Saccos in Kenya lost 106 million shillings in a period of 17 months to March 2021 to cybercriminals according to the latest report.
Cybercrime activities in Kenya have been on the increase with many people switching to working online due to Covid-19.
From the latest stats, it means Kenyan Saccos have been losing 6.23 million shillings per month or 208,000 shillings daily.
This is scary for a sector that holds more than 800 billion shillings in deposits of members and has also invested in various sectors.
It has also emerged that 21 percent of Saccos in Kenya never carry out cybersecurity audits while 48 percent do so once a year, leaving them unaware of weaknesses on their network. Hacking into the majority of them is “as easy as A, B, C, D.”
Currently, there are over 14,000 registered cooperative societies in Kenya of which 5,000 are SACCOs.
Co-operatives have mobilized domestic savings to the tune of about 800 billion, accounting for 33 percent of the national savings, and are major drivers of the economy.
There are now calls for Kenyan Saccos to prioritize cybersecurity in its operations in order to keep hackers at bay.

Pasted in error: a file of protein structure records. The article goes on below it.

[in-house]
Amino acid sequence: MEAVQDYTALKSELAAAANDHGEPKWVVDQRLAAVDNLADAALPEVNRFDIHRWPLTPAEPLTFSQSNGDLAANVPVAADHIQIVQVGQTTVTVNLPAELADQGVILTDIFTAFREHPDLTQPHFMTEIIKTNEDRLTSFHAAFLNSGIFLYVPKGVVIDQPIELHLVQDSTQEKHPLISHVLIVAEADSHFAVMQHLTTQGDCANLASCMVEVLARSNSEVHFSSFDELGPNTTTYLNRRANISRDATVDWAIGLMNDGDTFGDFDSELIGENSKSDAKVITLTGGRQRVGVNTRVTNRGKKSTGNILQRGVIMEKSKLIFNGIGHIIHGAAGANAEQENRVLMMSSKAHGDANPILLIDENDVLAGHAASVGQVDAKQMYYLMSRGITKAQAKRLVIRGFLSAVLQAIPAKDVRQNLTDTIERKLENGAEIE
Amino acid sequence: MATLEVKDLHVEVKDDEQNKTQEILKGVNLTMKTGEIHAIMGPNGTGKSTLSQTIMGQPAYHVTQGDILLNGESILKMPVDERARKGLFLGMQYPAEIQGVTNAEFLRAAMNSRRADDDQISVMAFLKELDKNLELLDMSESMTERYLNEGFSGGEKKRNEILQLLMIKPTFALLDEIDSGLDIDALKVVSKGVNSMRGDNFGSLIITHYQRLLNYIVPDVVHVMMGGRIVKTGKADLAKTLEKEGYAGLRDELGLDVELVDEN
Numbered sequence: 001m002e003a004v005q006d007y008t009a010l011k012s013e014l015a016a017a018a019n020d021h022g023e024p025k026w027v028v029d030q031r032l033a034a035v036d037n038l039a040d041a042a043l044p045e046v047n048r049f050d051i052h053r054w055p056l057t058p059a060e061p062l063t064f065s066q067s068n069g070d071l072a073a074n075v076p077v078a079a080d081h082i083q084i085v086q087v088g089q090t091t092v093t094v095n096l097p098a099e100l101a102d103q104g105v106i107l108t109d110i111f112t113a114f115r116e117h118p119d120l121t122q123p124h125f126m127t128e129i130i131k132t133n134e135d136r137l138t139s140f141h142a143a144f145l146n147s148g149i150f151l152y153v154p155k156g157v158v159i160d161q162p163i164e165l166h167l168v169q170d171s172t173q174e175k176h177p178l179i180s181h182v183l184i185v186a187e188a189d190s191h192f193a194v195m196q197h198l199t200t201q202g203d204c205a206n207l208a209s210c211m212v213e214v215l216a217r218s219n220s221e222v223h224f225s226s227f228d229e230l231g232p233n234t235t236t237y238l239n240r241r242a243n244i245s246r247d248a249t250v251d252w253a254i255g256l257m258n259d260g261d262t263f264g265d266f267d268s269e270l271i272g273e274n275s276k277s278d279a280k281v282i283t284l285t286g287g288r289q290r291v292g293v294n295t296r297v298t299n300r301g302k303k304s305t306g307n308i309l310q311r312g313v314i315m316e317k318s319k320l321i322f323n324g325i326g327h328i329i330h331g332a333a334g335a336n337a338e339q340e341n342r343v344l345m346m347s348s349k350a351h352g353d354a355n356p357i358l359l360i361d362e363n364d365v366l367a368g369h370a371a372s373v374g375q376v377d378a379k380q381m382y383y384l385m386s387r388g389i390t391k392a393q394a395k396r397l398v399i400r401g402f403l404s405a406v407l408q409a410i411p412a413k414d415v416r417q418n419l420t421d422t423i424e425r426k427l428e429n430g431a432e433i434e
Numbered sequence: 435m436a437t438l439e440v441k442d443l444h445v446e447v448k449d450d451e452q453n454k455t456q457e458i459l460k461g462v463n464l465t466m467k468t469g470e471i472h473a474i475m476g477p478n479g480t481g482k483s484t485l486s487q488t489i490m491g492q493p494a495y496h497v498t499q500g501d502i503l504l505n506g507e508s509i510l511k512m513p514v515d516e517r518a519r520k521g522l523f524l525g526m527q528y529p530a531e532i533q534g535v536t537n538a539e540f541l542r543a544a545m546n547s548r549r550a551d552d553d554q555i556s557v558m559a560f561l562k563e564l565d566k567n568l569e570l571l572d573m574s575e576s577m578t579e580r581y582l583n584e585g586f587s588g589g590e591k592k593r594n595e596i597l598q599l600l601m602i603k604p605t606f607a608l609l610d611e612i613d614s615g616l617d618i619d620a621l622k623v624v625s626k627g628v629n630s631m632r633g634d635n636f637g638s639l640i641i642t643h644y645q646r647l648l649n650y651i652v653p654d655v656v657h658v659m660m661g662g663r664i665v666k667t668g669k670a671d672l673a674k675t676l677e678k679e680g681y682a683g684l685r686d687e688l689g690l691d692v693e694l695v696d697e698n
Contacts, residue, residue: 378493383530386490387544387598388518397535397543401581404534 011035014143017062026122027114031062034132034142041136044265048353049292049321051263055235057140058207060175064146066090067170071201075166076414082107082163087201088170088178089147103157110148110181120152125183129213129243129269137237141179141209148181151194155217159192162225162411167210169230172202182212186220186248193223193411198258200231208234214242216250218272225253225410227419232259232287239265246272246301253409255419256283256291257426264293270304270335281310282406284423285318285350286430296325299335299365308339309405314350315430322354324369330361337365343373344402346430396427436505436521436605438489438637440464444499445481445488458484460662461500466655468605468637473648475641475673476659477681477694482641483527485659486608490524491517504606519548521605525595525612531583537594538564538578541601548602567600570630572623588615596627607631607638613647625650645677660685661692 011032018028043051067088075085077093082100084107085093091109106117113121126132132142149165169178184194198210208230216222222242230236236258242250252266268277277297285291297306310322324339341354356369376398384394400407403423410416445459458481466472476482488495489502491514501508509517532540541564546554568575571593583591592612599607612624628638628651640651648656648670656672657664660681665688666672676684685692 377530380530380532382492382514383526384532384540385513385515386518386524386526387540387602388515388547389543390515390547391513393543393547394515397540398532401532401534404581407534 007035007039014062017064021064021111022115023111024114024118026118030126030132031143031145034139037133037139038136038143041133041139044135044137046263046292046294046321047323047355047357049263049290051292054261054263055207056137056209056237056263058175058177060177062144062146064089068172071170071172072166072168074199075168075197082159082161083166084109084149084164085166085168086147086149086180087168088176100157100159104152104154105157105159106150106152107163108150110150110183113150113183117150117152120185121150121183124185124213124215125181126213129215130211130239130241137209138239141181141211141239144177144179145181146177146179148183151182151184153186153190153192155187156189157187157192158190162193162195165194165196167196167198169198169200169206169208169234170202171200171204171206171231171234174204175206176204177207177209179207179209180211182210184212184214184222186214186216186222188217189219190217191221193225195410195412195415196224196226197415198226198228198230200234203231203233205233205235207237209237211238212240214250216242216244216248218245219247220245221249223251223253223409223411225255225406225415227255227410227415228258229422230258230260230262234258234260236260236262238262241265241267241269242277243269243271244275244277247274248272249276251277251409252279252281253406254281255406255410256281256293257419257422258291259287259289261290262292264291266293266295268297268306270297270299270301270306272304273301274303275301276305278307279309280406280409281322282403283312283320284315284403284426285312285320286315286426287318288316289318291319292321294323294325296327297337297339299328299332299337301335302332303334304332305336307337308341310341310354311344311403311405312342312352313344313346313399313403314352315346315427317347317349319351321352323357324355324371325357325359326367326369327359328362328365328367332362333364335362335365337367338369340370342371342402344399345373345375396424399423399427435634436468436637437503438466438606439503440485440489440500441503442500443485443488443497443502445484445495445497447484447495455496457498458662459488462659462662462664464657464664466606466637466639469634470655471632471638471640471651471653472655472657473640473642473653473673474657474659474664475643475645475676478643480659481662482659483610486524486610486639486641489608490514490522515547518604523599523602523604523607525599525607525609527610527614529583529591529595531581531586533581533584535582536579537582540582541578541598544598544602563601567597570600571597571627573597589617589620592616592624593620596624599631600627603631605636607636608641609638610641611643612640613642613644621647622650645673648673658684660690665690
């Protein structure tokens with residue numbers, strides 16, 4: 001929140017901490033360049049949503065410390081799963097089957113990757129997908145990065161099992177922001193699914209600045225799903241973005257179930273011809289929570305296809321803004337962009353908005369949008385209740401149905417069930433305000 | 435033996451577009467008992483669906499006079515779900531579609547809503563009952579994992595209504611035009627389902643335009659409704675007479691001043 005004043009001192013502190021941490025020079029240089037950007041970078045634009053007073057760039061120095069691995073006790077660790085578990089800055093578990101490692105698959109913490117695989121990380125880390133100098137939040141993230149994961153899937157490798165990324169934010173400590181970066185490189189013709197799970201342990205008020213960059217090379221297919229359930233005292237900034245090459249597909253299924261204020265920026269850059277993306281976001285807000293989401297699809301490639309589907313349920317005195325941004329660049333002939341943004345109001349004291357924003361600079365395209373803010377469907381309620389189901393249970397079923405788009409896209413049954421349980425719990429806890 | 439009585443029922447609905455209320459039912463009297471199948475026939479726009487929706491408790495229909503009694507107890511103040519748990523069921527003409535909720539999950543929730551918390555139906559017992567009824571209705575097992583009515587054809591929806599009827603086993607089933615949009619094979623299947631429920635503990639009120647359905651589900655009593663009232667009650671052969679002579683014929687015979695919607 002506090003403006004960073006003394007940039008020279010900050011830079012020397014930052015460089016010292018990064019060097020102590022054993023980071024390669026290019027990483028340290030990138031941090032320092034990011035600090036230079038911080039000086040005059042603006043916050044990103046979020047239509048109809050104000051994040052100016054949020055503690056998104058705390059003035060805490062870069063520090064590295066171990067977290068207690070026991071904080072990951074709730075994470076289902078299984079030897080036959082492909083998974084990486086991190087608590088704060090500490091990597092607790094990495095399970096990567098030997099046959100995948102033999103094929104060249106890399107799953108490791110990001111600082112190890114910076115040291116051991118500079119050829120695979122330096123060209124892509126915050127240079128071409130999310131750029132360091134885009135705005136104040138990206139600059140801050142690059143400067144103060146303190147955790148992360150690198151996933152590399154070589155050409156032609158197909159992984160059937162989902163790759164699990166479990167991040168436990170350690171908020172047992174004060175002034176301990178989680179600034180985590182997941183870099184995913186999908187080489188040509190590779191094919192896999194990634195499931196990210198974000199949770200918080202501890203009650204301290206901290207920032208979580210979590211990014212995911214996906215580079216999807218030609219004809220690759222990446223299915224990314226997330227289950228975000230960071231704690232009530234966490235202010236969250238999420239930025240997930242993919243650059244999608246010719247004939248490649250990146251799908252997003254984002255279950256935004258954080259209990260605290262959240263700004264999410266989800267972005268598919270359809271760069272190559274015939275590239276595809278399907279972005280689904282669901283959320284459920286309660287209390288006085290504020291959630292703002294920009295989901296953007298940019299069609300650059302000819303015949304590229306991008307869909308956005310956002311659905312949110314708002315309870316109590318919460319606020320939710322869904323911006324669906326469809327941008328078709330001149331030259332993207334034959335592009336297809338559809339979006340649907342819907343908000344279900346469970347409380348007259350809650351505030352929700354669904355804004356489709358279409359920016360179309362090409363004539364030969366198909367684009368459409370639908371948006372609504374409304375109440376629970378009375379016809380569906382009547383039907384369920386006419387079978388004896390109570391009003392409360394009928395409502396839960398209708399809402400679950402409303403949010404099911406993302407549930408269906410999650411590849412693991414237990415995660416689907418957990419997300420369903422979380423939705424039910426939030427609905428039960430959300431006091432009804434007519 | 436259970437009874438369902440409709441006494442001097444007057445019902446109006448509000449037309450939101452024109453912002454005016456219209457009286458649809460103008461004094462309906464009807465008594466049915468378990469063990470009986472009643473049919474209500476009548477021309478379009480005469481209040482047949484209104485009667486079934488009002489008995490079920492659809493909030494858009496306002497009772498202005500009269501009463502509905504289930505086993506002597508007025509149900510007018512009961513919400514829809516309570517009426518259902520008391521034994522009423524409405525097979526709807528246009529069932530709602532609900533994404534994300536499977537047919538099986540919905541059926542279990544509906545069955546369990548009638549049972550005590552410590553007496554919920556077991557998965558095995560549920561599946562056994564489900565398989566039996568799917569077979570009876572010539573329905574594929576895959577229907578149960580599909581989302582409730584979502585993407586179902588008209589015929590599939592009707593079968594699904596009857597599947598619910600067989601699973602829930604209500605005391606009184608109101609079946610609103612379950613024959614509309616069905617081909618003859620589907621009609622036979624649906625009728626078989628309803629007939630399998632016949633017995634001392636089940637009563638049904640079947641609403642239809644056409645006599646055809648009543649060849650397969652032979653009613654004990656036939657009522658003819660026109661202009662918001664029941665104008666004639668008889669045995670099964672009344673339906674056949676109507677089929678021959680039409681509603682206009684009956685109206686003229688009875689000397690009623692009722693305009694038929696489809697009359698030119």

According to Kaspersky, phishing attacks across the continent have baited unsuspecting victims into handing over bank information, ID numbers, and more. Most Sacco members have become victims without their knowledge.
Cybercriminals have become even savvier with their tactics, embracing more sophisticated technology to lure people into clicking on things they should not. People need to be enlightened.
For instance, the COVID-19 vaccine rollout throughout Africa has given rise to ample opportunity for cybercriminals to carry out several attacks that are hidden in what, at first glance, may appear to be relevant information.
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